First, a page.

Saturday, October 10, 2020

Once Upon a Diamond by Prince Dimitri


Once Upon a Diamond, A Family Tradition of Royal Jewels ($80) is one of those rare books that sparkles from the moment you lift it out of the box.  This is a truly beautiful book written by a noted jewelry expert and designer who happens to be a prince as well.

Prince Dimitri of Yugoslavia is one of a set of twins (he has a brother Prince Michael), the sons of the late Prince Alexander of Yugoslavia and Princess Maria Pia of Italy.  He is as passionate about his family's history as he is about royal jewelry.  For many years he served as senior vice president of jewels at Sotheby's before he left to start his own jewelry design firm.

Rizzoli is the publisher of Once Upon a Diamond, A Family Tradition of Royal Jewels.   The New York-based publisher specializes in high-quality art books, which means excellent photographs of the jewels and, of course, the family photographs.  The book opens with a chapter on Grand Duchess Vladimir, who was born Duchess Marie of Mecklenburg-Schwerin, a late 19th-century social influencer at the Russian court,  Her jewel collection was the envy of all.

The Grand Duchess' best-known piece of jewelry,  the Vladimir tiara,  now in the possession of Queen Elizabeth II.

Marie and her husband, Grand Duke Vladimir, a younger brother of Alexander III, had three sons and a daughter, Helen, who married Prince Nicholas of Greece.  They were the parents of three daughters, Olga, Elisabeth, and Marina.  Olga married Prince Paul of Yugoslavia.  Their son, Prince Alexander was Dimitri's father.

The Vladimir tiara was the inspiration for the Leeds Cartier tiara, which was made in 1913 by Cartier for the very wealthy American widow, Nancy Leeds. In 1920, Nancy married Prince Christopher of Greece and Denmark.   A full-page photo of the Leeds tiara follows the discussion of the Vladimir tiara.  

Each page turn brings another delight, whether it a pearl and diamond brooch or the Sapphire & Diamond Kokoshnik, which Marie's son, Grand Duke Kyril, head of the Imperial House, and his wife, Grand Duchess Victoria, sold to Victoria's older sister, Queen Marie of Romania in the early 1920s.

After offering a detailed description of Marie and her jewels,  Dimitri turns his attention to the "Magnificent Jewels of the Russian Court," worn by female members of the Imperial family including Grand Duchess Ella and Grand Duchess Helen, Dimitri's grandmother, who is photographed in her imperial wedding dress and the Nuptial Wedding Crown.  Turn the page and, a full-page photo of the Nuptial Crown, which is a part of the Russian art and jewel collection at Hillwood Museum in Washington, D.C. 

[I have seen the Nuptial Crown at Hillwood. It is a stunning and true sparkler.]    

Dimitri delves further into family history in  A Tale of Princesses, Their Tiaras, and Crowns, which focuses on the prince's Greek relations including his grandmother, Princess Olga.  He writes about holidays in Tuscany with his grandmother, who would wake up her grandchildren at midnight to view a full moon.  This chapter features photos of Princess Olga and her sisters, Marina and Elisabeth wearing their family's jewels.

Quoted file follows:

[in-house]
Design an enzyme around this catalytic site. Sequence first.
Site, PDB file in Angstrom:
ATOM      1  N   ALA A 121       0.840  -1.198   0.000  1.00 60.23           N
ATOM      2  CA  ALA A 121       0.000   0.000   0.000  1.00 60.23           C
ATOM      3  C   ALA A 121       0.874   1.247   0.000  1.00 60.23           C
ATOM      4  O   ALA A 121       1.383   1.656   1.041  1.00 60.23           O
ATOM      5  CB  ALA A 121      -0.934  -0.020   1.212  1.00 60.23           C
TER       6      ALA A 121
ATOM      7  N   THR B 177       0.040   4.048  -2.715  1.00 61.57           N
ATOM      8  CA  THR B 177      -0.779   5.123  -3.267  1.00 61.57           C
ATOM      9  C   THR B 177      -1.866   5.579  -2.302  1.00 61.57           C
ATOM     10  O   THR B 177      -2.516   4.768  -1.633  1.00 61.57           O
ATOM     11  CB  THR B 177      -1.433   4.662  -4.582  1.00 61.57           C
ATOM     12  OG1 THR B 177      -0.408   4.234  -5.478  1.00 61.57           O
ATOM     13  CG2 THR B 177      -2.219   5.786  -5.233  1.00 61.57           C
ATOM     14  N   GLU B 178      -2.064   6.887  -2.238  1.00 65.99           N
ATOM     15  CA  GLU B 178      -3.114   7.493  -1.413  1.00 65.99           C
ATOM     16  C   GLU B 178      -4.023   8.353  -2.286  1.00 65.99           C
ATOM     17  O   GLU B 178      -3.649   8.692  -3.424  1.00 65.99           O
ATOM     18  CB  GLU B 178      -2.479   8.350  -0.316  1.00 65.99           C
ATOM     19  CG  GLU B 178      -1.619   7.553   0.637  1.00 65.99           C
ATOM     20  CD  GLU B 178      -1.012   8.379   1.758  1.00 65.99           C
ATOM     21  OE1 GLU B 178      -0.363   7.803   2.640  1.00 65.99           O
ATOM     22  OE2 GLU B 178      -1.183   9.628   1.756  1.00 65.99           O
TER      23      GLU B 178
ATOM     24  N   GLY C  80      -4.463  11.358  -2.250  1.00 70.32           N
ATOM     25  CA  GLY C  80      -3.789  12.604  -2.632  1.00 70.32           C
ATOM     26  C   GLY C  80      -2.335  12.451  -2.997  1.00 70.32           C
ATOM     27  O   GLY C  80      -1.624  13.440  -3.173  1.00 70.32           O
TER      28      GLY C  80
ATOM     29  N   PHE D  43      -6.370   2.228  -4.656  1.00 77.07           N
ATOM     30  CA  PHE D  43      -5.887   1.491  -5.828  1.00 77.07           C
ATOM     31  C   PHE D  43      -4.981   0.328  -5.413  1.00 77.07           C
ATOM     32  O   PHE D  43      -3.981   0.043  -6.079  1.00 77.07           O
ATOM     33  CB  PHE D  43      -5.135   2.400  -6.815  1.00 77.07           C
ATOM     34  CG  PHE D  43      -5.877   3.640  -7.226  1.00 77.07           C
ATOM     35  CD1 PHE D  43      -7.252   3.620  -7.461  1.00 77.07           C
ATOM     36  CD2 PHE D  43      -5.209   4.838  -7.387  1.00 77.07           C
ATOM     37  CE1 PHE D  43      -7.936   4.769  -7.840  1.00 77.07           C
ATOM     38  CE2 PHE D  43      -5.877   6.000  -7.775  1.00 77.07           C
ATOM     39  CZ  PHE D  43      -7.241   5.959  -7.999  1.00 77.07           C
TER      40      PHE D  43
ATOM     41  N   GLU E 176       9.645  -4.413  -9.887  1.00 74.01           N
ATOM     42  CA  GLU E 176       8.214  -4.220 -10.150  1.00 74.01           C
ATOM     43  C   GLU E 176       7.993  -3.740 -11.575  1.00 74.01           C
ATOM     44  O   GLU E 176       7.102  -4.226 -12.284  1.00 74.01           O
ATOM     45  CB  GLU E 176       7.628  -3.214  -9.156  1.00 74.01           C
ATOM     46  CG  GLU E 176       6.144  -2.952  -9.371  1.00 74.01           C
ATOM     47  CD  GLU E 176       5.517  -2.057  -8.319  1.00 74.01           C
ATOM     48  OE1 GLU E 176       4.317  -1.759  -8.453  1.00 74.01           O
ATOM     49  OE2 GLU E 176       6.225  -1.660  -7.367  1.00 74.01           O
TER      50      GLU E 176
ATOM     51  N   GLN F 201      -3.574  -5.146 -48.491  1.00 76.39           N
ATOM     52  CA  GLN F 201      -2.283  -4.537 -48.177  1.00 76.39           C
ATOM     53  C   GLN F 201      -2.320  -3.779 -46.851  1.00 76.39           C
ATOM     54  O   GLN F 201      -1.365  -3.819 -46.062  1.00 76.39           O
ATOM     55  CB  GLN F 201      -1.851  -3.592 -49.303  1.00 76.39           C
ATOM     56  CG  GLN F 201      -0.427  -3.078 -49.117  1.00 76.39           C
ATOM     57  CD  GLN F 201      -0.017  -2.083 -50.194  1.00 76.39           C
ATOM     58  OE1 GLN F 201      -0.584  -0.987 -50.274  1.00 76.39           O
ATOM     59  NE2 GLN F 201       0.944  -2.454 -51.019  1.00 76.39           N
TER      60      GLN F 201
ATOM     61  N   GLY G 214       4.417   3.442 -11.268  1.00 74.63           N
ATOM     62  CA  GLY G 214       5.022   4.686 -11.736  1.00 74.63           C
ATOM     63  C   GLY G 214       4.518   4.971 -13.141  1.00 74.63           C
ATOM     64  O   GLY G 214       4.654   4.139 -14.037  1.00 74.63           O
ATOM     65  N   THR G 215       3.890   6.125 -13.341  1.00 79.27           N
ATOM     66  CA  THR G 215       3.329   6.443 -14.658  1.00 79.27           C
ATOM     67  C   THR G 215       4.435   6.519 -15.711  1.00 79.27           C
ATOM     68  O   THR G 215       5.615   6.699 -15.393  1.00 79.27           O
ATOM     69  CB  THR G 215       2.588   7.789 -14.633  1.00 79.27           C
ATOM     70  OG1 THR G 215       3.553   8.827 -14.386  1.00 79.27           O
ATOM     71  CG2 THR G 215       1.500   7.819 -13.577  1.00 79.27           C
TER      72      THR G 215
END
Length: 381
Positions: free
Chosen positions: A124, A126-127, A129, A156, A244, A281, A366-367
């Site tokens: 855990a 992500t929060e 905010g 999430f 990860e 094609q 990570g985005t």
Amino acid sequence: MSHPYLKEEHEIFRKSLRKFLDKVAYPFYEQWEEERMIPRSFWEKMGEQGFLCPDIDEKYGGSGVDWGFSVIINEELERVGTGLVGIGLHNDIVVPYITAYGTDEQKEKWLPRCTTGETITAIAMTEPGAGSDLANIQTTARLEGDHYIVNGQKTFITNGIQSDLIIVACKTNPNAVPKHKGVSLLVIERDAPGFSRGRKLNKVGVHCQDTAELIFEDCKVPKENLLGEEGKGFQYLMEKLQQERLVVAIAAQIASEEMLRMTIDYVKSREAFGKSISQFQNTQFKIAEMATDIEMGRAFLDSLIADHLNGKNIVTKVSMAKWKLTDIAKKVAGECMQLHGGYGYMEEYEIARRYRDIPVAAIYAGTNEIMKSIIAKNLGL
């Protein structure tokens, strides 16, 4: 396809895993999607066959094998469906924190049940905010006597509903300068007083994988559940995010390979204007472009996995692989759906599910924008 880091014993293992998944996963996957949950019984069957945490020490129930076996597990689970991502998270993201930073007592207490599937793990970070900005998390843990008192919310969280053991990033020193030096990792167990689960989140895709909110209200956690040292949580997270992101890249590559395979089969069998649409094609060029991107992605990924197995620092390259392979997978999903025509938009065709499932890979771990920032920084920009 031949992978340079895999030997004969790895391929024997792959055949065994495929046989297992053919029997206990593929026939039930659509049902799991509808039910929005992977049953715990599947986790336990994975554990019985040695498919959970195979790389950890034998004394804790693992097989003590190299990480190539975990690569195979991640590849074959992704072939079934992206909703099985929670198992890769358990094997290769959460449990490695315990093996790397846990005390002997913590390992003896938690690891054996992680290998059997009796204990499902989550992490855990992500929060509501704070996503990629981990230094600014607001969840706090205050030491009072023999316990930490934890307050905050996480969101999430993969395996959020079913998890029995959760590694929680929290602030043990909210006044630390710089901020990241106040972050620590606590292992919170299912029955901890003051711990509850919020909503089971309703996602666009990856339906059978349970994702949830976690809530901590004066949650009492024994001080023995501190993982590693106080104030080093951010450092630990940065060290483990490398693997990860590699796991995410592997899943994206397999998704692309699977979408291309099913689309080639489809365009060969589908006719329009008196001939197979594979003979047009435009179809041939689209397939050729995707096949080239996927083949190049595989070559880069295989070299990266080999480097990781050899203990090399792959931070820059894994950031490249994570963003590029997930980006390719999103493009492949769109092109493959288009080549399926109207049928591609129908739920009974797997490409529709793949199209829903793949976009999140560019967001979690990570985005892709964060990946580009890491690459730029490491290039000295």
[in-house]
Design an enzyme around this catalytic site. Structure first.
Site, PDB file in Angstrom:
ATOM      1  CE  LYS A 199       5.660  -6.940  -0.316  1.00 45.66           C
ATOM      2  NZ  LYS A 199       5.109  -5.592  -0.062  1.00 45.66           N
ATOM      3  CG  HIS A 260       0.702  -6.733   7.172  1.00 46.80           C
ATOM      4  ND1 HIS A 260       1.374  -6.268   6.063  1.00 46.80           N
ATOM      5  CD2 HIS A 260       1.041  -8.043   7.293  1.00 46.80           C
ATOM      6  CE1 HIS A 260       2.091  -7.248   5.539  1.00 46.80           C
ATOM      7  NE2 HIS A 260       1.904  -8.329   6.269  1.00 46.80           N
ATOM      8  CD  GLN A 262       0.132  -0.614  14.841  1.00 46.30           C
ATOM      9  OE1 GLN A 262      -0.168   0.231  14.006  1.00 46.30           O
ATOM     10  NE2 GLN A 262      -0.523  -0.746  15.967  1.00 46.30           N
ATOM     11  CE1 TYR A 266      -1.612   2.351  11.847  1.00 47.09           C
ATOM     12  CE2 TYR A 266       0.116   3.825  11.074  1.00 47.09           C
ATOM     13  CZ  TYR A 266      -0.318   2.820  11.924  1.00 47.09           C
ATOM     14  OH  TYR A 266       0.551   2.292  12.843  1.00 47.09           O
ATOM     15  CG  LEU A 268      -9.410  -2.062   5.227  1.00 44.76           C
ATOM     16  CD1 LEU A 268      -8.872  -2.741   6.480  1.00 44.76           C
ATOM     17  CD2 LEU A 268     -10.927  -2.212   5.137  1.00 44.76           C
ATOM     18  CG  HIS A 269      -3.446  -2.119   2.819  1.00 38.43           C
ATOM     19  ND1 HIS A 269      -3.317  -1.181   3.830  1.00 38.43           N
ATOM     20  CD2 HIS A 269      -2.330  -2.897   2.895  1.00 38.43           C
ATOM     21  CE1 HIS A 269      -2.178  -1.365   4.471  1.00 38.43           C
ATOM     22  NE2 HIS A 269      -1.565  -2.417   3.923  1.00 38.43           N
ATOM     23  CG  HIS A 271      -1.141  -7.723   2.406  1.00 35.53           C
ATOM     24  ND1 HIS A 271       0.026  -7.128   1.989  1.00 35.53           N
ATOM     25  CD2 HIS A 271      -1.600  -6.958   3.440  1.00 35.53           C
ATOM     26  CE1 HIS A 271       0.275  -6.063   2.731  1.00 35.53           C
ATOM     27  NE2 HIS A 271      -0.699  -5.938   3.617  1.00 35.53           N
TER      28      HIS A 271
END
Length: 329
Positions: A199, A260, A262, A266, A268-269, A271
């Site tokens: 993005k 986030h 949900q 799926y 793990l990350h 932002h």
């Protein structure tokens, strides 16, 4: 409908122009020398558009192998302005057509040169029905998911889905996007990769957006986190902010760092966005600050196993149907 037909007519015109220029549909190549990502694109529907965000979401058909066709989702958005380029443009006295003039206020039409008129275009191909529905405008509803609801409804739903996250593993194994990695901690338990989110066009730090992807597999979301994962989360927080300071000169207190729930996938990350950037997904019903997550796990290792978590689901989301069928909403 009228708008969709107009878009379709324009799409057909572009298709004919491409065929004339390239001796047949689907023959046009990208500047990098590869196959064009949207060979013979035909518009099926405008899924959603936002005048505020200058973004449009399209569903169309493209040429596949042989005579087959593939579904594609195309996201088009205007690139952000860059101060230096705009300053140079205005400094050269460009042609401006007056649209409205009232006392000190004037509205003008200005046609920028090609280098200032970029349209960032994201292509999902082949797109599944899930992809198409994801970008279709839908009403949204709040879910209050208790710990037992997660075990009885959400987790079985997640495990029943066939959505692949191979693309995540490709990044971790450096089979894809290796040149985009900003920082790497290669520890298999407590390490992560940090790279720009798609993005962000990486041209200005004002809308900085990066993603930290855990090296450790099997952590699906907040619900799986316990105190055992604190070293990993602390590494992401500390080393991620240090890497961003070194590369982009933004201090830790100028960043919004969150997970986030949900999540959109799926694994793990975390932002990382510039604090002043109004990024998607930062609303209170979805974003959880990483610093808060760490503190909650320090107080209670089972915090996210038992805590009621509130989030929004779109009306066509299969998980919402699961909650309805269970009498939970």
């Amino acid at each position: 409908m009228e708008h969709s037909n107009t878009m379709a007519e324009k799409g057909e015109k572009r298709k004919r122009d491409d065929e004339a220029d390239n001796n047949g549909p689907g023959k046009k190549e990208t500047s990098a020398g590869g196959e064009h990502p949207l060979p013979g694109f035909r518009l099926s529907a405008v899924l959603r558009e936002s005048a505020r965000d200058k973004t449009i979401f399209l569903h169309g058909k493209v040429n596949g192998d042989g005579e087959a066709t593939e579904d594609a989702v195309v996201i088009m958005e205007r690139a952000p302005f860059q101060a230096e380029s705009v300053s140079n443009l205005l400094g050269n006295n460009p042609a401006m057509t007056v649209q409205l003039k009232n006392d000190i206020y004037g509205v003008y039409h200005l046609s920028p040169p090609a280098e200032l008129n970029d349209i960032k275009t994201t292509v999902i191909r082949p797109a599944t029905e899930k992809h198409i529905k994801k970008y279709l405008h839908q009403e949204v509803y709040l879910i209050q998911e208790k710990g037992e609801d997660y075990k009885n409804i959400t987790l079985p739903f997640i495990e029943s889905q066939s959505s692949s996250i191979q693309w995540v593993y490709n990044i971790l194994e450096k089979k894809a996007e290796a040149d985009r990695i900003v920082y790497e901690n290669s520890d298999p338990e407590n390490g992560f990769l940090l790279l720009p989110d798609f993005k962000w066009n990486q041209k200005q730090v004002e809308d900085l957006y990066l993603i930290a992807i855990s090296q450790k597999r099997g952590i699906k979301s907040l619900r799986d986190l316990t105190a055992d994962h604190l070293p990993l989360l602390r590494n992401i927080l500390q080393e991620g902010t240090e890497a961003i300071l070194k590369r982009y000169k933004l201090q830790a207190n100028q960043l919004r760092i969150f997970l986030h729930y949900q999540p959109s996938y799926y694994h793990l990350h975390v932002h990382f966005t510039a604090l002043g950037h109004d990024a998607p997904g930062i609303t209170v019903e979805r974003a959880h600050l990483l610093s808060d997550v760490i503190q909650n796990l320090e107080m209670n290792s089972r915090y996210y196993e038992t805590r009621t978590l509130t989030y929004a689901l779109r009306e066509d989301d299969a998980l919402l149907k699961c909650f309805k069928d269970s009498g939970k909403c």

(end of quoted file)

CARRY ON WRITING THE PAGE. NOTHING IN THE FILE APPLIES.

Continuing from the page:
The prince also tantalizes us with a selection of photos from The Family Albums of the Grand Duchess Elena Vladimirovna,   Elena was Prince Dimitri's paternal great-grandmother.  She enjoyed taking photos of her relatives, her husband and children, the British royals, and members of the Imperial family. My favorite snaps are the informal photographs from the wedding of Princess Marie Bonaparte and Prince George of Greece and Denmark, one of Prince Nicholas' brothers.

This chapter also features a previously unpublished hand-painted appraisal of Elena's jewels.

The royal jewels journey moves to Italy and The Three Queens of Italy and their Storied jewels.   Queen Margherita, Queen Elena, and Queen Marie Jose, consorts of Kings Umberto I, Vittorio Emanuele III, and Umberto II, all wore impressive, historic, and significant pieces of jewelry.  Margherita adored jewels, but her daughter-in-law, the Montenegrin-born Queen Elena preferred "a more moderate demeanor and appearance," and only wore the important jewels at official events.

It was Queen Margherita who filled the royal jewels coffers with frequent purchases from Italian jewelers. To celebrate the birth of her grandson, the future King Umberto II in 1904, she commissioned the Musy tiara.  This tiara was inherited by Umberto.  His bride, Princess Marie José of the Belgians, wore the tiara at their wedding in 1930.

The Musy tiara remains in the family, but when Umberto's eldest daughter, Princess Maria Pia married Prince Alexander of Yugoslavia in 1955,  she wore the Daisy tiara, once owned by Queen Margherita's mother, the Duchess of Genoa.

The family jewels - from the Russians and the Greeks to the Savoys -- are more than a family history for Prince Dimitri.   The jewels are a connection to the prince's past and an inspiration for his own designs.  The book makes a tactful segue from Dimitri's family history to his own jewel designs.

He writes: "Because I have always found  novelty so exciting, I work with unusual materials and color combinations."

Personally, I am a sucker for pearl and diamond combination, which means I loved the moonstones, pearl, and diamond earrings on page 213.

Prince Dimitri's designs are modern and classic, at the same time, rich in color  -- and true sparklers, a description that also can be applied to several distaff members of his family.

Once Upon A Diamond's combination of royals and jewels offers a broad appeal to readers. Put this book at the top of your wish list!!

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